Document Detail


Endotracheal suctioning in preterm infants using four-handed versus routine care.
MedLine Citation:
PMID:  23316894     Owner:  NLM     Status:  MEDLINE    
Abstract/OtherAbstract:
OBJECTIVE: To evaluate the effect of four-handed care on preterm infants' physiologic and behavioral responses to and recovery from endotracheal suctioning versus routine endotracheal (ETT) suctioning.
DESIGN: Randomized crossover design with infants as their own controls.
SETTING: Single-family-room newborn intensive care unit in an academic health center.
PARTICIPANTS: Ten intubated infants on conventional ventilation with inline suctioning who were fewer than 37 weeks gestation at birth, and less than one week of age.
METHODS: Each infant was observed twice on a single day. One observation involved routine ETT suctioning and one involved four-handed care. Physiologic and behavioral response data were collected.
RESULTS: No differences were noted when comparing baseline heart rate (HR) or oxygen saturation (SpO(2)) data to those obtained during and after suctioning while in the routine care condition. In the four-handed care condition, mean SpO(2) increased from preobservation 95.49 to during observation saturation 97.75 (p = .001). Salivary cortisol levels did not differ between groups at baseline or postsuctioning. No significant difference in behavior state was observed between the two conditions. More stress and defense behaviors occurred postsuctioning when infants received routine care as opposed to four-handed care (p = .001) and more self-regulatory behaviors were exhibited by infants during (p = .019) and after suctioning (p = .016) when receiving four-handed care. No statistical difference was found in the number of monitor call-backs postsuctioning.
CONCLUSIONS: Four-handed care during suctioning was associated with a decrease in stress and defense behaviors and an increase in self-regulatory behaviors.
Authors:
Sharon Cone; Rita H Pickler; Mary Jo Grap; Jacqueline McGrath; Paul M Wiley
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Publication Detail:
Type:  Journal Article; Randomized Controlled Trial; Research Support, N.I.H., Extramural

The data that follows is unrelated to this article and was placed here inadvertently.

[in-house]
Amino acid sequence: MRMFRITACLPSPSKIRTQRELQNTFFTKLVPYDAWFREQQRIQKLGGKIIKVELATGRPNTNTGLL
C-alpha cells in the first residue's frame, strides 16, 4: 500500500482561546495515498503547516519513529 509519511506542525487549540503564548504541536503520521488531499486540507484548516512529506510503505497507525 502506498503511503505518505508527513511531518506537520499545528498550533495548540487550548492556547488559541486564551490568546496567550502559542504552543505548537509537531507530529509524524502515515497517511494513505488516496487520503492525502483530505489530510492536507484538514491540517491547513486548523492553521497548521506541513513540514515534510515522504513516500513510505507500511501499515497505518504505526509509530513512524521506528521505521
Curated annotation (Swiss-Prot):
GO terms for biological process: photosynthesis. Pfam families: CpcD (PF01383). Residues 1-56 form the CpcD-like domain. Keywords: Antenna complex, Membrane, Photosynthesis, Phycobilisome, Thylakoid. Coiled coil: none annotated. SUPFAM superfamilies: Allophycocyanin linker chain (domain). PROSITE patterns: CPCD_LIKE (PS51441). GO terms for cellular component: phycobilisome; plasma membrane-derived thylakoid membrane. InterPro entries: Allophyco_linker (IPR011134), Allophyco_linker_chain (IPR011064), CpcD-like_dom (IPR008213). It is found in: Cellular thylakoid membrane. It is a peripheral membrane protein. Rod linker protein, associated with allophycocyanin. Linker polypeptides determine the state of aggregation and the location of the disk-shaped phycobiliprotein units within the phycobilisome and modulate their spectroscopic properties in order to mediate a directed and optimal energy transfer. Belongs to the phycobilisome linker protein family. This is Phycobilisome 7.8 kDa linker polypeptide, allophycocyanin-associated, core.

Journal Detail:
Title:  Journal of obstetric, gynecologic, and neonatal nursing : JOGNN / NAACOG     Volume:  42     ISSN:  1552-6909     ISO Abbreviation:  J Obstet Gynecol Neonatal Nurs     Publication Date:    2013 Jan-Feb
Date Detail:
Created Date:  2013-01-15     Completed Date:  2013-07-08     Revised Date:  2014-01-01    
Medline Journal Info:
Nlm Unique ID:  8503123     Medline TA:  J Obstet Gynecol Neonatal Nurs     Country:  United States    
Other Details:
Languages:  eng     Pagination:  92-104     Citation Subset:  IM; N    
Copyright Information:
© 2013 AWHONN, the Association of Women's Health, Obstetric and Neonatal Nurses.
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MeSH Terms
Descriptor/Qualifier:
Biological Markers
Child Development
Cross-Over Studies
Crying
Family Nursing
Female
Humans
Hydrocortisone / blood
Infant, Newborn
Infant, Premature*
Intensive Care Units, Neonatal
Intubation, Intratracheal / nursing*
Male
Multivariate Analysis
Pain / prevention & control*
Stress, Physiological
Stress, Psychological / prevention & control*
Suction / methods*
Grant Support
ID/Acronym/Agency:
R01 NR005182/NR/NINR NIH HHS; R01 NR005182/NR/NINR NIH HHS
Chemical
Reg. No./Substance:
0/Biological Markers; WI4X0X7BPJ/Hydrocortisone
Comments/Corrections

From MEDLINE®/PubMed®, a database of the U.S. National Library of Medicine


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